Tuesday, 29 November 2016 10:02

Scientist develops ‘hot lime’ to boost greenhouse yields advances

Written by 
Dr Vlatko Materic. Dr Vlatko Materic.

Dr Vlatko Materic, a researcher at Callaghan Innovation and founder of Hot Lime Labs, is developing a CO2 capture material which can significantly boost glasshouse vegetable and flower yields.

His work is rapidly advancing due to a $25,000 grant to demonstrate the technology. The grant from the KiwiNet Emerging Innovator Fund, one of 10 to help take clever ideas and work with business to take to market, was made possible by a donation from the Norman F. B. Barry Foundation.

Dr Materic’s Hot Lime system will help growers to enrich the greenhouse atmosphere in CO2, allowing them to boost yields by up to 20% in a glasshouse environment, in a sustainable and more cost effective way than existing methods. This will help growers to operate at optimal yields, which can be up to 20 times greater than those achievable in an open field.

Dr Materic says, “By enabling access to renewable and low-cost CO2, we can save an average size commercial grower $30-50k per annum per hectare in running costs over using other sources such as natural gas or liquid CO2, if available. Growers will be able to either purchase the system outright, or pay per tonne of CO2 generated at a significantly lower rate than any other option.”

The Hot Lime system allows the recovery of clean CO2 from combustion gases, produced when renewable forestry and agricultural residues – including the grower’s own green waste - are burned in a burner connected to a large filter which can capture and store CO2. The filter contains Hot Lime, a material derived from limestone which acts as a CO2 sponge allowing to separate it from other noxious components in the combustion gases, such as sulphur and nitrous oxides or tars.

Dr James Hutchinson, chief executive of KiwiNet says, “Hot Lime will provide a great alternative source of clean CO2 for growers. Current options such as natural gas are limited in terms of geographical availability and their cost, meaning that demand for CO2 largely outstrips its supply. In addition, they are based on fossil fuels and are a big proportion of the greenhouse carbon footprint.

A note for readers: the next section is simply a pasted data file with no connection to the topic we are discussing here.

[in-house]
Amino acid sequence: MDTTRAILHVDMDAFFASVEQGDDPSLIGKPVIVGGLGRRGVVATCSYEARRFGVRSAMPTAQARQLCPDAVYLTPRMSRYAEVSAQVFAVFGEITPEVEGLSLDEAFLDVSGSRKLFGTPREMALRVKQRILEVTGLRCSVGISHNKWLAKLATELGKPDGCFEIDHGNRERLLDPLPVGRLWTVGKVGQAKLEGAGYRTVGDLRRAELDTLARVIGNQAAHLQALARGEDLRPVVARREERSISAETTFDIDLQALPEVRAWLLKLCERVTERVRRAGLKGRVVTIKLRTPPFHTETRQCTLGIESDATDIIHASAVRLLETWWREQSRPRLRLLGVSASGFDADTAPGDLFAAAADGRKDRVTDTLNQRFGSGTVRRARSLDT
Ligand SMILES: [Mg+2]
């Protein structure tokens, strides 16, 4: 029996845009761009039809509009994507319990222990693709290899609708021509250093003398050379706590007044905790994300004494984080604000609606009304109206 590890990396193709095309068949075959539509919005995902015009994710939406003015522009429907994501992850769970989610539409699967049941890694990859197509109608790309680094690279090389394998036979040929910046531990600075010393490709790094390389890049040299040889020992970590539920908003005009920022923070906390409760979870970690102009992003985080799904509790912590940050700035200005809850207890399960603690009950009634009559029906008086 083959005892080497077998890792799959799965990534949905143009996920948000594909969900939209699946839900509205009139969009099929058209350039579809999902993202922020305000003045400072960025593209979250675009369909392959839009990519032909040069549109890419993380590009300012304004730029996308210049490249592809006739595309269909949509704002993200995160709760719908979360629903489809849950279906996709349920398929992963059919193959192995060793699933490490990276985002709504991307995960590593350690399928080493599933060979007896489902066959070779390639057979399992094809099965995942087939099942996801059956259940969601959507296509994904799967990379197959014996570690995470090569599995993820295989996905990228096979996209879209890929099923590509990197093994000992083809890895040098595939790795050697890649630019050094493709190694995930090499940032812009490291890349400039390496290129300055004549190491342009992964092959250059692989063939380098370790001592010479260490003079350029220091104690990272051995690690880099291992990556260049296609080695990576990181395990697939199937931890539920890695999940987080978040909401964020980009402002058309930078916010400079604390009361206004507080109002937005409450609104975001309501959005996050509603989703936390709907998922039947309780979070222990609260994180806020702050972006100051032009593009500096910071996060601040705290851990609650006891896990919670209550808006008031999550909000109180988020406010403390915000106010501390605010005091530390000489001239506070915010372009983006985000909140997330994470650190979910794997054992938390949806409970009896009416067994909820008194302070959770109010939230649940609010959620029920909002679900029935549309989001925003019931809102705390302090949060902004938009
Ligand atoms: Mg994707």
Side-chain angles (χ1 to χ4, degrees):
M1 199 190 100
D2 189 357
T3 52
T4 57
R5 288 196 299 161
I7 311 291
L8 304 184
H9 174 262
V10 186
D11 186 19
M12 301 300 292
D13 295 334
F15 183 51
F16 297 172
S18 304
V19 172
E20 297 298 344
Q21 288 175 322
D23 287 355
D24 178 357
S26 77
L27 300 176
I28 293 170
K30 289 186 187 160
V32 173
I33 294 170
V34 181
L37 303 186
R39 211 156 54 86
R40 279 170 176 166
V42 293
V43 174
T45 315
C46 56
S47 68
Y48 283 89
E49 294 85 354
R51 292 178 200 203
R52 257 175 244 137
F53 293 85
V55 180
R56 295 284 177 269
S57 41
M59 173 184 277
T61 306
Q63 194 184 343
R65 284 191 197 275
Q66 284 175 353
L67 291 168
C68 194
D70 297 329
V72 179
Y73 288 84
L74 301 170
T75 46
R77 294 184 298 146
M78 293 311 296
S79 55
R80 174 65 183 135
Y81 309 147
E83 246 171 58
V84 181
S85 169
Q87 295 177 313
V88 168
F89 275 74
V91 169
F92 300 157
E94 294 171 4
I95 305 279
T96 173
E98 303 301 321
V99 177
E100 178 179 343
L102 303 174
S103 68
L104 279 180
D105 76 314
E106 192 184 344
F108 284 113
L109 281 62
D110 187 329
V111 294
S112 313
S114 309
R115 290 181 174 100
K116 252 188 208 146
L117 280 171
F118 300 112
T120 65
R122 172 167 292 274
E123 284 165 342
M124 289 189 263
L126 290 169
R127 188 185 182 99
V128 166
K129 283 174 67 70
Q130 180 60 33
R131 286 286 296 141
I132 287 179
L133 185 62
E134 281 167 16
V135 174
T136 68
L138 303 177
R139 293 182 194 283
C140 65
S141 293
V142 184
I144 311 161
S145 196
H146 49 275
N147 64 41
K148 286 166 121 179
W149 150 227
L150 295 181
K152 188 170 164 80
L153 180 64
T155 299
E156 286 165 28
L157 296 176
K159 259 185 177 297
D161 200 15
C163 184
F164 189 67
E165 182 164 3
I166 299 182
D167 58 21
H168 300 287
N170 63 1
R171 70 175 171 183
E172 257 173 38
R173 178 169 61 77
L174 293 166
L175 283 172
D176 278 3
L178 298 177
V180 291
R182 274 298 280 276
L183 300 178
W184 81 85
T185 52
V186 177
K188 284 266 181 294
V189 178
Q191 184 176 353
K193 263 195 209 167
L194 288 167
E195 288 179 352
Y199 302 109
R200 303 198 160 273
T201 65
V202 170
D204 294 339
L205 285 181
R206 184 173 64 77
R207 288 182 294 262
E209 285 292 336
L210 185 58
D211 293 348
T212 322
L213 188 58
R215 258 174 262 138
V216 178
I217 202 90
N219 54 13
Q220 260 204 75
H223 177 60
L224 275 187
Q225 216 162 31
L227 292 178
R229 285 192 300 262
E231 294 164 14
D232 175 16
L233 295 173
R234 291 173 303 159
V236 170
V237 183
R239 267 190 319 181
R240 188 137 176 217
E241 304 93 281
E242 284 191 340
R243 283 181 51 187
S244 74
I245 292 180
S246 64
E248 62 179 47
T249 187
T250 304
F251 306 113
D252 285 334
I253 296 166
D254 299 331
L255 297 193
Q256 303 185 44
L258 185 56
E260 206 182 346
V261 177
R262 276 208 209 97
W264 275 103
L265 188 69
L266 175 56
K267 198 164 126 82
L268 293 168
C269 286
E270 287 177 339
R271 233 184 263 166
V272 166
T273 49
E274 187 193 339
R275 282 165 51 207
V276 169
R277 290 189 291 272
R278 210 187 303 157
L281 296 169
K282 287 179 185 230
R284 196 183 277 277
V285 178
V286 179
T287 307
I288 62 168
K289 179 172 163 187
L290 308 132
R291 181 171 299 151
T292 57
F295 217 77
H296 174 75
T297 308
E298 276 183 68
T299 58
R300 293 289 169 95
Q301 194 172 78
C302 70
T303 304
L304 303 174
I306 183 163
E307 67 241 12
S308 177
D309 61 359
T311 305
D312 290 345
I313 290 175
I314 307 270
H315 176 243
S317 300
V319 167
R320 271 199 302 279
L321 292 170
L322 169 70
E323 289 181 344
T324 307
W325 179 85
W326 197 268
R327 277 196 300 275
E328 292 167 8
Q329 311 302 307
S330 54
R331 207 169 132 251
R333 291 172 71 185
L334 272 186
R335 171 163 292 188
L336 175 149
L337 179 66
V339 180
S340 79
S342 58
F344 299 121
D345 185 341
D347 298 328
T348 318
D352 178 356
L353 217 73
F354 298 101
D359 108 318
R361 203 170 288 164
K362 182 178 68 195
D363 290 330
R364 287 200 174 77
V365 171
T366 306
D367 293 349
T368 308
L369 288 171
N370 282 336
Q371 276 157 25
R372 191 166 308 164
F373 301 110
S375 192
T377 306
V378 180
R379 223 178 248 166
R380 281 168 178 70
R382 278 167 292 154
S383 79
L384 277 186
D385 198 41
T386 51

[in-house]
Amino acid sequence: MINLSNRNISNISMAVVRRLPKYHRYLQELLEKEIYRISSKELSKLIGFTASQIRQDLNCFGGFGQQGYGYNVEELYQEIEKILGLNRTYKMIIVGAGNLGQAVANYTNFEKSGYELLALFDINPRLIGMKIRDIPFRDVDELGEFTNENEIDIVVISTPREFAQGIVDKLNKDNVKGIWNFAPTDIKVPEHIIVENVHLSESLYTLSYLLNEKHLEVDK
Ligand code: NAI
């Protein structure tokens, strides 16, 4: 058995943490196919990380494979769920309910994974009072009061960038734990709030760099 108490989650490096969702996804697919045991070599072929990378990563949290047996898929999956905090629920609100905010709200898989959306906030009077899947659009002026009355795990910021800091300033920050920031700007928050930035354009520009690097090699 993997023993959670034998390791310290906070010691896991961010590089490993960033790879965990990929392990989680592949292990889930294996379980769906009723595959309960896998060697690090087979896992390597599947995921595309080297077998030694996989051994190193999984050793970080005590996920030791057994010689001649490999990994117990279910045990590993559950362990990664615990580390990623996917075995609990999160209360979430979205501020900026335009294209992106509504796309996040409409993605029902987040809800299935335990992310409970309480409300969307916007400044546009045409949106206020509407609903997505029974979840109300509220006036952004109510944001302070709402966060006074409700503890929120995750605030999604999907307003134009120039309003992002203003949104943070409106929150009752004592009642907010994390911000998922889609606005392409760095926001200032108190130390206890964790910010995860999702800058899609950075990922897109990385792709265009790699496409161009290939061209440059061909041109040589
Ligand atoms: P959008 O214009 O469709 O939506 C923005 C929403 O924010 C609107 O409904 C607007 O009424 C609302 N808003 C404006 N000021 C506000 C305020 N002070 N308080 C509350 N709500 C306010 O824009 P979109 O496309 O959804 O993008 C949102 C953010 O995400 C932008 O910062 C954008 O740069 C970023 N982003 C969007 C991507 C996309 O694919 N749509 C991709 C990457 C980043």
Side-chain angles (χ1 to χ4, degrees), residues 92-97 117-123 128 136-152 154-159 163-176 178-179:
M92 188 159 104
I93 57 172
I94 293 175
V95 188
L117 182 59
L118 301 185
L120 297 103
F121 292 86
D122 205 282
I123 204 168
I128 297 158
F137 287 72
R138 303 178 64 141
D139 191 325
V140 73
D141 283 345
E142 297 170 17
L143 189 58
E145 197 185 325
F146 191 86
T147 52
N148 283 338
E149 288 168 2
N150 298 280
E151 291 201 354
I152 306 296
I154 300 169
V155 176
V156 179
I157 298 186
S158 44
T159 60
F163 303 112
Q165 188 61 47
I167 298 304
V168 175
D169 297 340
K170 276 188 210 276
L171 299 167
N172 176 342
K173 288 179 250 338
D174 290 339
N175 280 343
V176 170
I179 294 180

“Vlatko’s Hot Lime technology is a clever breakthrough that has the potential to power-up a new clean energy sector in New Zealand, not only generating growth in our greenhouses but also in exports and jobs,” he says.

Elly Nederhoff, director of Crophouse Ltd, a global expert in greenhouse and crop technology says Materic’s science is promising in its ability to simultaneously address both ecological and economic issues. “The technology will not only help growers here in New Zealand, it will be an appealing option worldwide. Greenhouse operators will be able to apply CO2 enrichment in situations where otherwise this is impossible or uneconomical.”

Nederhoff says another benefit of the technology is that it’s environmentally friendly in comparison to other techniques of CO2 enrichment as it provides a renewable and sustainable source of CO2.

Dr Materic has been researching CO2 capture systems at Callaghan Innovation for nine years and in 2014 he completed his doctorate at the University of Auckland on using natural limestone as a CO2 capture material.

After identifying the commercial opportunity for his research, Dr Materić met with greenhouse horticulture industry contacts and growers to understand their needs before developing the technology in detail.

KiwiNet Emerging Innovator Funding has provided him with the equipment he needed to demonstrate the feasibility of his process at the lab-scale as well as access to advice and business development mentoring, fund raising and IP protection.

Dr Materic says funding and commercial mentoring from the KiwiNet Emerging Innovator Fund was critical in setting the project on a commercial pathway with the input of industry partners. “The first workable Hot Lime material developed in the lab has shown better than expected performance. I’ve also been able to greatly improve the technological design and devise a system that fits the needs of growers.”

The success of the project has enabled Dr Materic to attract an additional $95,000 of funding through the KiwiNet PreSeed Accelerator Fund, which has been matched by Callaghan Innovation to build a lab scale prototype. He has also taken unpaid leave to progress this project and has started a spin-off company Hot Lime Labs to serve as a vehicle for its commercialisation.

“The goal is to have a prototype completed by March 2017. At that point I’ll need external investors and partners to take it to next stage; which is setting up a pilot Hot Lime system inside an operational greenhouse for a year to prove the technology at scale,” says Dr Materic.

The KiwiNet Emerging Innovator Fund, established thanks to the support of the Norman F. B. Barry Foundation, is available to early career researchers based at universities and Crown Research Institutes across New Zealand who demonstrate a clever new idea and a willingness to work closely with industry as they develop a prototype. Recipients also receive expert legal advice from KiwiNet (www.kiwinet.org.nz) corporate partners, MinterEllisonRuddWatts and IP advice from Baldwins.

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